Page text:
Edge is similar to Chrome and works like Chrome, but we like it better than Chrome: it is noticeably faster on our Mac and the customization options are excellent.

3. Google Chrome

It is the world’s favorite browser, but it can be a reminder

  • Fast performance
  • Very expandable
  • Multi-platform
  • Can be resource hungry

If imitation is the most sincere form of flattery, Microsoft’s adoption of the Chromium engine for its own Edge browser should make Google feel pretty good about itself.

But there are a few areas where the Microsoft contender really outperforms the big G, most notably in resource usage: Chrome is famous for its strong resource demands and can quite a bit affect low-power hardware with limited RAM.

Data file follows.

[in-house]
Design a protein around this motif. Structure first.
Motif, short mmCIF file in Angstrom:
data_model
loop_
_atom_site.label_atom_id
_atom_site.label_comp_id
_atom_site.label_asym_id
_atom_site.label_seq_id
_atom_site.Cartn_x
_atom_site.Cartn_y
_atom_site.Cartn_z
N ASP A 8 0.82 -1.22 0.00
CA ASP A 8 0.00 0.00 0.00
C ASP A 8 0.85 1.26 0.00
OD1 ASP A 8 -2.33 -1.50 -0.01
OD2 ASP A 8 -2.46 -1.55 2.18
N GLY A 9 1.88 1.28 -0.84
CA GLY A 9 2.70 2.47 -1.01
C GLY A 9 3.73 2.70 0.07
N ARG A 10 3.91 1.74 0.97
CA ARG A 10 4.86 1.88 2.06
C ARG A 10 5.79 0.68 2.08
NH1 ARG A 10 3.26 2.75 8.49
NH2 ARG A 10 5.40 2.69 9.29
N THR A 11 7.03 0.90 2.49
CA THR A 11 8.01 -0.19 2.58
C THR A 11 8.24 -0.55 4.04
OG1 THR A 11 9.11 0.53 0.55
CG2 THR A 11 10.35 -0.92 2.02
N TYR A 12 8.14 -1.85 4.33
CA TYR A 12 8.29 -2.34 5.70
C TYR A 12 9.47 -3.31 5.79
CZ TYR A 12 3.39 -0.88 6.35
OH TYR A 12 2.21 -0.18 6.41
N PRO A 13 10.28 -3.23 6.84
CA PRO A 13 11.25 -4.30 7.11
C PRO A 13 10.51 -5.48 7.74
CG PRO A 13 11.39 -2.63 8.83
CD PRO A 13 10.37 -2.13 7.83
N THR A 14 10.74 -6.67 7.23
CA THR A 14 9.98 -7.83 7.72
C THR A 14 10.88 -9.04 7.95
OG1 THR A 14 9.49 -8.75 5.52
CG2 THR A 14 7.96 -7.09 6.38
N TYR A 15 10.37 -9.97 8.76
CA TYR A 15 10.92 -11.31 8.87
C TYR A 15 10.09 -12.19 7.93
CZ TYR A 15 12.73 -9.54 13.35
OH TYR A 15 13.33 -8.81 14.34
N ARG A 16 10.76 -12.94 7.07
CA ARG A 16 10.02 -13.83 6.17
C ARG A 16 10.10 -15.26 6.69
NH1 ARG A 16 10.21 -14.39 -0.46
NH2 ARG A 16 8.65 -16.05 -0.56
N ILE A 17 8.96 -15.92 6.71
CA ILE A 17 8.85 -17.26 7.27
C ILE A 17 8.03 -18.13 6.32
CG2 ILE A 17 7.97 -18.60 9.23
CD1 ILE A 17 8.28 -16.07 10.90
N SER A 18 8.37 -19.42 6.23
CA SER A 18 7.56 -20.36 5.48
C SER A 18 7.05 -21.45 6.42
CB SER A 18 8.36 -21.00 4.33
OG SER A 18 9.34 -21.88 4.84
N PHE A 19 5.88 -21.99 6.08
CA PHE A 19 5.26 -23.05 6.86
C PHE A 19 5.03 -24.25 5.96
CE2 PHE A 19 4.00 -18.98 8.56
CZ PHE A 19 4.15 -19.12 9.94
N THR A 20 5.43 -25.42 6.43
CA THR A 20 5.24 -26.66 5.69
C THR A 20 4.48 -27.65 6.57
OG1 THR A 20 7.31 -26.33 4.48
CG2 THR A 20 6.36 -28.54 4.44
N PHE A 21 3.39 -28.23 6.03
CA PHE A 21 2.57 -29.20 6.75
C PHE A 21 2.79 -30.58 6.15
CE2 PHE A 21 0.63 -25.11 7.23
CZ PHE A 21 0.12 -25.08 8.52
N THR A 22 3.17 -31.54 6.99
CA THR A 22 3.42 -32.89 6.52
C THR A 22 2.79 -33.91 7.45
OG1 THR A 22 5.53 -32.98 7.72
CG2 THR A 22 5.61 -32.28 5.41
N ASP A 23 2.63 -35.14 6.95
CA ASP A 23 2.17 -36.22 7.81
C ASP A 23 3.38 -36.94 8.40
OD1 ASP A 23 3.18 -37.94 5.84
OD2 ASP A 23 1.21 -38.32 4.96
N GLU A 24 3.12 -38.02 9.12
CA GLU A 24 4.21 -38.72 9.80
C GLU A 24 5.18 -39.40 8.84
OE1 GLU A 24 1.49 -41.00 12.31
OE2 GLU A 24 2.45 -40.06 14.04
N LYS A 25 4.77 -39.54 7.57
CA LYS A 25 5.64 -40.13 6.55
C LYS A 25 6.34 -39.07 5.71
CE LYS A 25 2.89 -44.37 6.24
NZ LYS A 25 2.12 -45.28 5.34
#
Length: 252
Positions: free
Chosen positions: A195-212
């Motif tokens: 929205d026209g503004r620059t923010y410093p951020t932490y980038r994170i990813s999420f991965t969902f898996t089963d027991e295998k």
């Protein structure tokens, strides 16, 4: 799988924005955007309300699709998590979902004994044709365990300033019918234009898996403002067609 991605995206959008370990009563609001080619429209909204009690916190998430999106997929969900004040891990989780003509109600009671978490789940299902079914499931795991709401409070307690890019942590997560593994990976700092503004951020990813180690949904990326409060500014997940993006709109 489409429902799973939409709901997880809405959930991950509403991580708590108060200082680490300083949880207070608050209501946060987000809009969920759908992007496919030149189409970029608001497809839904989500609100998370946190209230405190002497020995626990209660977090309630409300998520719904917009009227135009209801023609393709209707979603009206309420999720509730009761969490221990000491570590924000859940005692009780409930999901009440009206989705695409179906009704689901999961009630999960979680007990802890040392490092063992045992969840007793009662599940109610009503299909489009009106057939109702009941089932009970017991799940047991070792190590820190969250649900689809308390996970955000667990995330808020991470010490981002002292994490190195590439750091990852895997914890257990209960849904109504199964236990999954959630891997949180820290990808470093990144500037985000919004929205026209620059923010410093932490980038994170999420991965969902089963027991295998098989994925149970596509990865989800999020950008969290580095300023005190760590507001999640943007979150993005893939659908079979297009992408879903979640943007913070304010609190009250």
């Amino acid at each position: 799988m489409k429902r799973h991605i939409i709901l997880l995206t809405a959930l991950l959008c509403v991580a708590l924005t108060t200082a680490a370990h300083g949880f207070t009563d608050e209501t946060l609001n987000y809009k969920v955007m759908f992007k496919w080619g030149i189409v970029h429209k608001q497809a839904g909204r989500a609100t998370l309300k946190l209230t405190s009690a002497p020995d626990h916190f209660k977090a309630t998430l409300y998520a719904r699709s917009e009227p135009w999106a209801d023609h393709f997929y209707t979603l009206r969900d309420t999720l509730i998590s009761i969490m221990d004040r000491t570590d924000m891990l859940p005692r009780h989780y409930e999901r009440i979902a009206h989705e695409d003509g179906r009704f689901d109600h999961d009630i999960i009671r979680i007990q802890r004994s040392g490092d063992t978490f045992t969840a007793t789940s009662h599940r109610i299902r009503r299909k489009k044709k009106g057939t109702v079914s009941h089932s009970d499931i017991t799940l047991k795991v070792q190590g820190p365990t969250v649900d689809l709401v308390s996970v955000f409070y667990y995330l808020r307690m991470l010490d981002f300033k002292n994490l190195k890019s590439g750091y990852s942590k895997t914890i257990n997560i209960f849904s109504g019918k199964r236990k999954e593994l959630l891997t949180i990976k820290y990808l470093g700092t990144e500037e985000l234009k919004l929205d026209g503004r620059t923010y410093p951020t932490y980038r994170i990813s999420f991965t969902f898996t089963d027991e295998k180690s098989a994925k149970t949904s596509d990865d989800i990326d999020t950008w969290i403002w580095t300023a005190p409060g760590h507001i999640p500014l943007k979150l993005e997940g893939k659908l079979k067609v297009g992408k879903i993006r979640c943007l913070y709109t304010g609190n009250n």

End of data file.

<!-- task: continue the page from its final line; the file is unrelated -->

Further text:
The new tab freeze feature is designed to address that by automatically ‘freezing’ background tabs so they don’t waste resources unnecessarily, but Chrome is still pretty hungry for hardware.

Chrome 79 is not a bad browser at all. Quite the contrary: it’s a brilliant browser with a great plugin library, cross-platform sync and support, great auto-complete features, and some great tools for web developers. It can warn you if your email has been compromised, it has a secure DNS lookup for compatible providers (Google’s own public DNS is one of them), and it blocks a lot of dangerous mixed content like scripts and images on secure connections. It also enables the WebXR API for AR and VR. And don’t forget Chrome’s dark mode, which makes it easy to navigate your eyes at night.

This is all good, but we believe that Firefox beats privacy protection, Edge is more enjoyable to pass the time, and others, niche browsers don’t come with the lingering fear that Google is too involved in all of our lives.

4. Opera

A classy browser that’s particularly good at collecting content

  • Built-in proxy
  • Excellent security features.
  • Very good interface
  • No more Opera Turbo